Using prescription ADHD medications, racetams, and other synthetic nootropics can boost brain power. Yes, they can work. Even so, we advise against using them long-term since the research on their safety is still new. Use them at your own risk. For the majority of users, stick with all natural brain supplements for best results. What is your favorite smart pill for increasing focus and mental energy? Tell us about your favorite cognitive enhancer in the comments below.
Similarly, we could try applying Nick Bostrom’s reversal test and ask ourselves, how would we react to a virus which had no effect but to eliminate sleep from alternating nights and double sleep in the intervening nights? We would probably grouch about it for a while and then adapt to our new hedonistic lifestyle of partying or working hard. On the other hand, imagine the virus had the effect of eliminating normal sleep but instead, every 2 minutes, a person would fall asleep for a minute. This would be disastrous! Besides the most immediate problems like safely driving vehicles, how would anything get done? You would hold a meeting and at any point, a third of the participants would be asleep. If the virus made it instead 2 hours on, one hour off, that would be better but still problematic: there would be constant interruptions. And so on, until we reach our present state of 16 hours on, 8 hours off. Given that we rejected all the earlier buffer sizes, one wonders if 16:8 can be defended as uniquely suited to circumstances. Is that optimal? It may be, given the synchronization with the night-day cycle, but I wonder; rush hour alone stands as an argument against synchronized sleep - wouldn’t our infrastructure would be much cheaper if it only had to handle the average daily load rather than cope with the projected peak loads? Might not a longer cycle be better? The longer the day, the less we are interrupted by sleep; it’s a hoary cliche about programmers that they prefer to work in long sustained marathons during long nights rather than sprint occasionally during a distraction-filled day, to the point where some famously adopt a 28 hour day (which evenly divides a week into 6 days). Are there other occupations which would benefit from a 20 hour waking period? Or 24 hour waking period? We might not know because without chemical assistance, circadian rhythms would overpower anyone attempting such schedules. It certainly would be nice if one had long time chunks in which could read a challenging book in one sitting, without heroic arrangements.↩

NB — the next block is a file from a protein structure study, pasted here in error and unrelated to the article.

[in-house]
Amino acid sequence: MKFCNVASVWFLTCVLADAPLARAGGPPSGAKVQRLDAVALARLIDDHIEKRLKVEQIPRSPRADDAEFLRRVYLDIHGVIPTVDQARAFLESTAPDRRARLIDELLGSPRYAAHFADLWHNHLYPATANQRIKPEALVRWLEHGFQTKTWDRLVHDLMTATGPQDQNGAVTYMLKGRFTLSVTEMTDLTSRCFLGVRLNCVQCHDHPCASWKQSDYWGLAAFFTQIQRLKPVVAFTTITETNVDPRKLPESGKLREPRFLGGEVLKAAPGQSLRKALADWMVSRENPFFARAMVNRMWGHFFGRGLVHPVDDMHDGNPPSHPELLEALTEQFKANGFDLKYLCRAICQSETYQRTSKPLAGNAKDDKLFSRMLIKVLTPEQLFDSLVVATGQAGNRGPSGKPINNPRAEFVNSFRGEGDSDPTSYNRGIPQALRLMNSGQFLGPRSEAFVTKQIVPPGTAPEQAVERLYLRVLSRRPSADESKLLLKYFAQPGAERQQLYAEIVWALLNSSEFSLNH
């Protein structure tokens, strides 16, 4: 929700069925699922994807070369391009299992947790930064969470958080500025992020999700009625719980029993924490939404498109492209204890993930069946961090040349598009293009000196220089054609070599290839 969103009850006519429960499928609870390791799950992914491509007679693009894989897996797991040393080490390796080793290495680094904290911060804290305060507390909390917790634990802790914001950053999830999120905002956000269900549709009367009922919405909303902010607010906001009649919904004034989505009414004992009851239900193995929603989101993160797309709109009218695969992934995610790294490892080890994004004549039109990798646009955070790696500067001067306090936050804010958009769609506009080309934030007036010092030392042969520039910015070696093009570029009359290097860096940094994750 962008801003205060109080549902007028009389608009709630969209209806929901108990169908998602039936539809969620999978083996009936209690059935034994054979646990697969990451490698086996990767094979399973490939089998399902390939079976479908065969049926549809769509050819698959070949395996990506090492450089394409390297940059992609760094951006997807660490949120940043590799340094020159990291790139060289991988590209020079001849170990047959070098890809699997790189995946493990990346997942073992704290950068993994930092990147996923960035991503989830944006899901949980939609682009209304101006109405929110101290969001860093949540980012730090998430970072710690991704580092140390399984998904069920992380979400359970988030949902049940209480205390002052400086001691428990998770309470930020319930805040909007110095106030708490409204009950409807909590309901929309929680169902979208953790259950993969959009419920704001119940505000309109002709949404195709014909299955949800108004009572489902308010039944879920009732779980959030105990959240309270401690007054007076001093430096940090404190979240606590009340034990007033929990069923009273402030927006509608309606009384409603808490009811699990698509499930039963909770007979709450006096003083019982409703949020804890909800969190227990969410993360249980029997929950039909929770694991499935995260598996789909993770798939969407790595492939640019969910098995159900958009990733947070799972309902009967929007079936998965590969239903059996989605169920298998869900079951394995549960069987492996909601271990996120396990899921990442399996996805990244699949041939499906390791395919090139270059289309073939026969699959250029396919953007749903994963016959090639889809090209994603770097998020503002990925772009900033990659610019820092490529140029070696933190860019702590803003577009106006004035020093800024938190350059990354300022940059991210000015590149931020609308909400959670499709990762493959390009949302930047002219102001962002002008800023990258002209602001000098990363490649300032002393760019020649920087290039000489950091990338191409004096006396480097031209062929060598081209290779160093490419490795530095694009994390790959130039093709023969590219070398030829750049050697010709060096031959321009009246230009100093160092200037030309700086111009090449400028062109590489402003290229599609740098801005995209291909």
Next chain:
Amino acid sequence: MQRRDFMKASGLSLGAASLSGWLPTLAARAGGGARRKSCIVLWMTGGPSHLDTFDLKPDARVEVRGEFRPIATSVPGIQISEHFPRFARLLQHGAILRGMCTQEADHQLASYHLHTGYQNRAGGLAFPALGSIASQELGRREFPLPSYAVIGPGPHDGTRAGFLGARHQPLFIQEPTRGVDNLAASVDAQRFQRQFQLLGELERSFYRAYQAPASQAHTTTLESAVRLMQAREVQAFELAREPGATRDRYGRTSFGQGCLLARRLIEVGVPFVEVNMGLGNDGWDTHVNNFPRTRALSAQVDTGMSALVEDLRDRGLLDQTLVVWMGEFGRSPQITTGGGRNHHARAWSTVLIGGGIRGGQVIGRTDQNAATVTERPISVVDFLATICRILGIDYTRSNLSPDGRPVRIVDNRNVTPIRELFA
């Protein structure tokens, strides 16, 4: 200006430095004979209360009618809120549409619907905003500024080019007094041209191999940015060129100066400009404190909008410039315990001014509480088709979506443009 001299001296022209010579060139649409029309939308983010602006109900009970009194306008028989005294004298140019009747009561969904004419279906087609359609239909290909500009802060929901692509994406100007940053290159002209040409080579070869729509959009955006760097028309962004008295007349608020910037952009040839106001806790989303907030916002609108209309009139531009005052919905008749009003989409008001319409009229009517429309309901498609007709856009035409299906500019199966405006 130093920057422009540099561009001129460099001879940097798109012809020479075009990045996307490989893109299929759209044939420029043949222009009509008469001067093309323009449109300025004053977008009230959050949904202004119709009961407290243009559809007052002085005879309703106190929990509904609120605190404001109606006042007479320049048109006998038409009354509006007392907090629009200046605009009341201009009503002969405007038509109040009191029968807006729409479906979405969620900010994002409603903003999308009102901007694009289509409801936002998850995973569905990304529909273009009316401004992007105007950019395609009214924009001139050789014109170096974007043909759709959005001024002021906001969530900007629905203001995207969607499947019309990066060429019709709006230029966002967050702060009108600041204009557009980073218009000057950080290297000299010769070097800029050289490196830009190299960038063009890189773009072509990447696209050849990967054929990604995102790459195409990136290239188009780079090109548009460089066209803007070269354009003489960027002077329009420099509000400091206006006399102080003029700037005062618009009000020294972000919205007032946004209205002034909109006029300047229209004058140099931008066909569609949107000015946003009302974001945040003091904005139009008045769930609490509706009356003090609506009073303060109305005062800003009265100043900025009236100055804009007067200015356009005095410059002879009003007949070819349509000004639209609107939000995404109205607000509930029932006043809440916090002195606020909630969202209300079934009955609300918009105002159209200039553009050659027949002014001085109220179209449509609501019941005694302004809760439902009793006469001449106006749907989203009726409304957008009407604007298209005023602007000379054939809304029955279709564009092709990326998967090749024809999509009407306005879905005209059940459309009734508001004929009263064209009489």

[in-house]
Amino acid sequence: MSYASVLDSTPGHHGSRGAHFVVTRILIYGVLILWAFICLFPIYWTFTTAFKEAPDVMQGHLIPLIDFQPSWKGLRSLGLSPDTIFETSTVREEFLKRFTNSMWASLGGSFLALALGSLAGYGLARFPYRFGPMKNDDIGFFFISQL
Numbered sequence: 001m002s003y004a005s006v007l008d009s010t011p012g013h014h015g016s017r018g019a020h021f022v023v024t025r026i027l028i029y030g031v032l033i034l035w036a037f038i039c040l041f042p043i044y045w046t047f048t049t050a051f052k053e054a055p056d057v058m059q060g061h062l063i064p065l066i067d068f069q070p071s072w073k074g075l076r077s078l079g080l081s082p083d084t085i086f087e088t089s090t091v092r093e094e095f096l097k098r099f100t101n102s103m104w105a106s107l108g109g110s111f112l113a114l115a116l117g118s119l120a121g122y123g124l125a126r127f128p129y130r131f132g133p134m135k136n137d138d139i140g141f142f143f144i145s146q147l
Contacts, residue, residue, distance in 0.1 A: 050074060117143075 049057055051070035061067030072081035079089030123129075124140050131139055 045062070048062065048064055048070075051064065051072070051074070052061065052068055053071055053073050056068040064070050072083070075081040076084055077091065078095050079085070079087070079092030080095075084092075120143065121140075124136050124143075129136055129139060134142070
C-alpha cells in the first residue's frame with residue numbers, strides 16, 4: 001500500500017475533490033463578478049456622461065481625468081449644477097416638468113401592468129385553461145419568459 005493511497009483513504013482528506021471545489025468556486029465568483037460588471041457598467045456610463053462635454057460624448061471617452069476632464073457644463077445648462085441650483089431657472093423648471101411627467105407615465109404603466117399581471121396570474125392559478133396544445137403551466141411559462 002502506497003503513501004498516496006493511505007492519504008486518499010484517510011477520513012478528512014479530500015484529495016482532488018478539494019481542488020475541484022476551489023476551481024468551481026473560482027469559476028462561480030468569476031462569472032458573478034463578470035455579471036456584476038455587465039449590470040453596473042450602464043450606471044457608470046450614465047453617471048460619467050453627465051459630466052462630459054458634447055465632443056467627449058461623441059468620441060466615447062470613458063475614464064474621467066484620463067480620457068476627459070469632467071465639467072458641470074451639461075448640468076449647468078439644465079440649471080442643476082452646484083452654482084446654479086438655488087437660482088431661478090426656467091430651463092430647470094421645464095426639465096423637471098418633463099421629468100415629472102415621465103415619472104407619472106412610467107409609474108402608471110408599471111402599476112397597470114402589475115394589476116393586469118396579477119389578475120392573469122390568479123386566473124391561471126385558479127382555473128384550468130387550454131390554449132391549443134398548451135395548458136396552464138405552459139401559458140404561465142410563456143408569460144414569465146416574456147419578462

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And the drugs are not terribly difficult to get, depending on where you’re located. Modafinil has an annual global share of $700 million, with high estimated off-label use. Although these drugs can be purchased over the internet, their legal status varies between countries. For example, it is legal to possess and use Modafinil in the United Kingdom without a prescription, but not in United States.
Dopaminergics are smart drug substances that affect levels of dopamine within the brain. Dopamine is a major neurotransmitter, responsible for the good feelings and biochemical positive feedback from behaviors for which our biology naturally rewards us: tasty food, sex, positive social relationships, etc. Use of dopaminergic smart drugs promotes attention and alertness by either increasing the efficacy of dopamine within the brain, or inhibiting the enzymes that break dopamine down. Examples of popular dopaminergic smart drug drugs include Yohimbe, selegiline and L-Tyrosine.
The choline-based class of smart drugs play important cognitive roles in memory, attention, and mood regulation. Acetylcholine (ACh) is one of the brain’s primary neurotransmitters, and also vital in the proper functioning of the peripheral nervous system. Studies with rats have shown that certain forms of learning and neural plasticity seem to be impossible in acetylcholine-depleted areas of the brain. This is particularly worth mentioning because (as noted above under the Racetams section), the Racetam class of smart drugs tends to deplete cholines from the brain, so one of the classic “supplement stacks” – chemical supplements that are used together – are Piracetam and Choline Bitartrate. Cholines can also be found in normal food sources, like egg yolks and soybeans.
The Stroop task tests the ability to inhibit the overlearned process of reading by presenting color names in colored ink and instructing subjects to either read the word (low need for cognitive control because this is the habitual response to printed words) or name the ink color (high need for cognitive control). Barch and Carter (2005) administered this task to normal control subjects on placebo and d-AMP and found speeding of responses with the drug. However, the speeding was roughly equivalent for the conditions with low and high cognitive control demands, suggesting that the observed facilitation may not have been specific to cognitive control.
Racetams, such as piracetam, oxiracetam, and aniracetam, which are often marketed as cognitive enhancers and sold over-the-counter. Racetams are often referred to as nootropics, but this property is not well established. The racetams have poorly understood mechanisms, although piracetam and aniracetam are known to act as positive allosteric modulators of AMPA receptors and appear to modulate cholinergic systems.